have value for identifying soil landscapes with limited soil water retention characteristics.
The Newhall Simulation Model
The Newhall Simulation Model (NSM) has long been used by the USDA Natural Resources
Conservation Service to estimate soil moisture regimes as defined in Soil Taxonomy (Soil
Survey Staff, 1975, 1993; Newhall and Berdanier, 1992). Van Wambeke et al. (1992) modified
the original model and introduced new subdivisions of soil moisture regimes and variable soil
moisture storage. Van Wambeke (1981, 1982, and 1985) applied the model to map soil
moisture regimes across Africa, South America, and Asia. The NSM was designed to run on
monthly normals for precipitation and temperature; generally 30 year normals were most
reasonable and appropriate to derive estimations of soil moisture and temperature regimes, as
well as biological windows.
Soil Moisture Regimes
Soil moisture regime refers to the presence or absence of soil water held at a tension of <15 bars (or between field capacity and permanent wilting point) in specific horizons during key periods of the year (Soil Survey Staff, 1975). Soil moisture regime is an important soil property because of its impact on cropping systems, tillage/conservation practices, as well as natural plant communities. Tables 1 and 2 summarize the soil moisture regime changes over time for the Mead Agronomy Laboratory (Mead, NE) and the Akron 1 N (CO) weather stations. The interannual variability of soil moisture regimes can be useful indicators of soil climate shifts at local or large map scales.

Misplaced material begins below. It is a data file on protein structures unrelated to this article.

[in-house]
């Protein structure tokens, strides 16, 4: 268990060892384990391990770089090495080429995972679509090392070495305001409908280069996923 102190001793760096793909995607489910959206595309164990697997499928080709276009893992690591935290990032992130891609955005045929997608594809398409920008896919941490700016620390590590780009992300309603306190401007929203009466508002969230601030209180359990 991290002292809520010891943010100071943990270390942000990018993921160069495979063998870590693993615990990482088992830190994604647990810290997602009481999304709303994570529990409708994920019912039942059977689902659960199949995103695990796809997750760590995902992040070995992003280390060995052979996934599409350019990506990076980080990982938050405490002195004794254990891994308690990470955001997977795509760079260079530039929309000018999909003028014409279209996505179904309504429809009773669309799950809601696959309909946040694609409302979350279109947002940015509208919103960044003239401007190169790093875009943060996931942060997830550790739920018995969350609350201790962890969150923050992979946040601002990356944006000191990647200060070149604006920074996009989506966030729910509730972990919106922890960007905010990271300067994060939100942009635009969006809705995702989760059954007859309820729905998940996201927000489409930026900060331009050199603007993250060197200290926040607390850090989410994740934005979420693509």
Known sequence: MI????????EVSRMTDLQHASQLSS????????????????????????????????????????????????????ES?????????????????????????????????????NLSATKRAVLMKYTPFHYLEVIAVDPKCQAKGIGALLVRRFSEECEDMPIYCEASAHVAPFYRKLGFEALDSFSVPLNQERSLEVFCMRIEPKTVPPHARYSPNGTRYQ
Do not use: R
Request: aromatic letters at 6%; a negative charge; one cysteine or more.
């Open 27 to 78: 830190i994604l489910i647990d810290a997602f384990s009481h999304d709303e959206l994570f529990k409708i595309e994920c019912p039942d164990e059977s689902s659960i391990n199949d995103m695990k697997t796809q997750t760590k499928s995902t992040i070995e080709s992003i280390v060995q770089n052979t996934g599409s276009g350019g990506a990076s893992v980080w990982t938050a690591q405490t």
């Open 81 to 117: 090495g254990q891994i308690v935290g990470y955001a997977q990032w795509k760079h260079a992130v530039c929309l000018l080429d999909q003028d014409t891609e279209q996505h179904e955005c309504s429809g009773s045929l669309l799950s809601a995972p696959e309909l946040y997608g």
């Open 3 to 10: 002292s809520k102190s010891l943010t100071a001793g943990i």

From the soil moisture regime calculations, the "Pedocal/Pedalfer" boundary (Marbut, 1935; Jenny, 1941) can be terrain modeled to illustrate changes in soil forming pro-cesses. The Pedocal/Pedalfer Boundary is a theoretical threshold where precipitation equals potential evapotranspiration, and defines the boundary between soils in a leaching versus base accumulating (CaCO3) environment (Figure 2).
Table 1. Soil Climate Characteristics of Mead Agronomy Laboratory, Nebraska.
|YEAR||PREC||PET||AMD||MSD||Dry Days||M/D Days||BIO5||Soil Moisture Regime|
PREC = Precipitation PET = Potential Evapotranspiration AMD = Annual Moisture Deficit MSD = Mean Summer Deficit Dry Days = Days the Soil Moisture Control Section is Dry M/D Days = Days the Soil Moisture Control Section is Partly Moist and Dry BIO5 = Biological Window at 5 oC
Table 2. Soil Climate Characteristics of Akron 1 N, Colorado.
|YEAR||PREC||PET||AMD||MSD||Dry Days||M/D Days||BIO5||BIO8||Soil Moisture Regime|
PREC = Precipitation PET = Potential Evapotranspiration AMD = Annual Moisture Deficit MSD = Mean Summer
Deficit Dry Days = Days the Soil Moisture Control Section is Dry M/D Days = Days the Soil Moisture Control Sectio is